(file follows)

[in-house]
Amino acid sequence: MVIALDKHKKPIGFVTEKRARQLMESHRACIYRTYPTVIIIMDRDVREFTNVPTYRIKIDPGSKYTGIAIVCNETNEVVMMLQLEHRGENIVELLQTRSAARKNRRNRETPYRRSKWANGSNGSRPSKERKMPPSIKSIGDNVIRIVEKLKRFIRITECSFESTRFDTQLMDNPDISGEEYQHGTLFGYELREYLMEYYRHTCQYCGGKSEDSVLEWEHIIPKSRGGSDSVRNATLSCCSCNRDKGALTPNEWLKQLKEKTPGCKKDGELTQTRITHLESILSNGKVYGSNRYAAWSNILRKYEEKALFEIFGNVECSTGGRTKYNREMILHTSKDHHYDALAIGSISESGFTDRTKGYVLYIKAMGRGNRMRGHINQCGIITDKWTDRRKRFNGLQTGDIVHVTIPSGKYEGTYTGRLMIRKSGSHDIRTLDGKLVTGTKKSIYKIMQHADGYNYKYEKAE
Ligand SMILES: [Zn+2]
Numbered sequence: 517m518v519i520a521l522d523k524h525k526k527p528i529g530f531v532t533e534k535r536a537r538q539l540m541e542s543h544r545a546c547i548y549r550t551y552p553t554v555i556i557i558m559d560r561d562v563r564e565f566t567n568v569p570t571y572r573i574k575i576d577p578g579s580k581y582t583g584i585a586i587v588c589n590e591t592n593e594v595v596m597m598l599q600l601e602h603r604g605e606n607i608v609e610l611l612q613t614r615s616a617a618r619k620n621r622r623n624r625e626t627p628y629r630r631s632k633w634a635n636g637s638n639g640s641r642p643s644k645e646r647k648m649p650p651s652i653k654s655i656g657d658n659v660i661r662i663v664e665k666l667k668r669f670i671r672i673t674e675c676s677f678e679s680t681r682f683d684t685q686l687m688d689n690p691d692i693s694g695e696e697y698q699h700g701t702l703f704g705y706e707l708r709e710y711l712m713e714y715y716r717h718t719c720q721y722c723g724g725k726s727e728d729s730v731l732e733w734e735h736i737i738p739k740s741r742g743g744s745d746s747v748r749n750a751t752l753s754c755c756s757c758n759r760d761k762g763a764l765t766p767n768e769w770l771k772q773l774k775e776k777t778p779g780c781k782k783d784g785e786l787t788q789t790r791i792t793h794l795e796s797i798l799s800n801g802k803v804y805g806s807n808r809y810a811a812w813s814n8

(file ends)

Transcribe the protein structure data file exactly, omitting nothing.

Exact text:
[in-house]
Amino acid sequence: MVIALDKHKKPIGFVTEKRARQLMESHRACIYRTYPTVIIIMDRDVREFTNVPTYRIKIDPGSKYTGIAIVCNETNEVVMMLQLEHRGENIVELLQTRSAARKNRRNRETPYRRSKWANGSNGSRPSKERKMPPSIKSIGDNVIRIVEKLKRFIRITECSFESTRFDTQLMDNPDISGEEYQHGTLFGYELREYLMEYYRHTCQYCGGKSEDSVLEWEHIIPKSRGGSDSVRNATLSCCSCNRDKGALTPNEWLKQLKEKTPGCKKDGELTQTRITHLESILSNGKVYGSNRYAAWSNILRKYEEKALFEIFGNVECSTGGRTKYNREMILHTSKDHHYDALAIGSISESGFTDRTKGYVLYIKAMGRGNRMRGHINQCGIITDKWTDRRKRFNGLQTGDIVHVTIPSGKYEGTYTGRLMIRKSGSHDIRTLDGKLVTGTKKSIYKIMQHADGYNYKYEKAE
Ligand SMILES: [Zn+2]
Numbered sequence: 517m518v519i520a521l522d523k524h525k526k527p528i529g530f531v532t533e534k535r536a537r538q539l540m541e542s543h544r545a546c547i548y549r550t551y552p553t554v555i556i557i558m559d560r561d562v563r564e565f566t567n568v569p570t571y572r573i574k575i576d577p578g579s580k581y582t583g584i585a586i587v588c589n590e591t592n593e594v595v596m597m598l599q600l601e602h603r604g605e606n607i608v609e610l611l612q613t614r615s616a617a618r619k620n621r622r623n624r625e626t627p628y629r630r631s632k633w634a635n636g637s638n639g640s641r642p643s644k645e646r647k648m649p650p651s652i653k654s655i656g657d658n659v660i661r662i663v664e665k666l667k668r669f670i671r672i673t674e675c676s677f678e679s680t681r682f683d684t685q686l687m688d689n690p691d692i693s694g695e696e697y698q699h700g701t702l703f704g705y706e707l708r709e710y711l712m713e714y715y716r717h718t719c720q721y722c723g724g725k726s727e728d729s730v731l732e733w734e735h736i737i738p739k740s741r742g743g744s745d746s747v748r749n750a751t752l753s754c755c756s757c758n759r760d761k762g763a764l765t766p767n768e769w770l771k772q773l774k775e776k777t778p779g780c781k782k783d784g785e786l787t788q789t790r791i792t793h794l795e796s797i798l799s800n801g802k803v804y805g806s807n808r809y810a811a812w813s814n8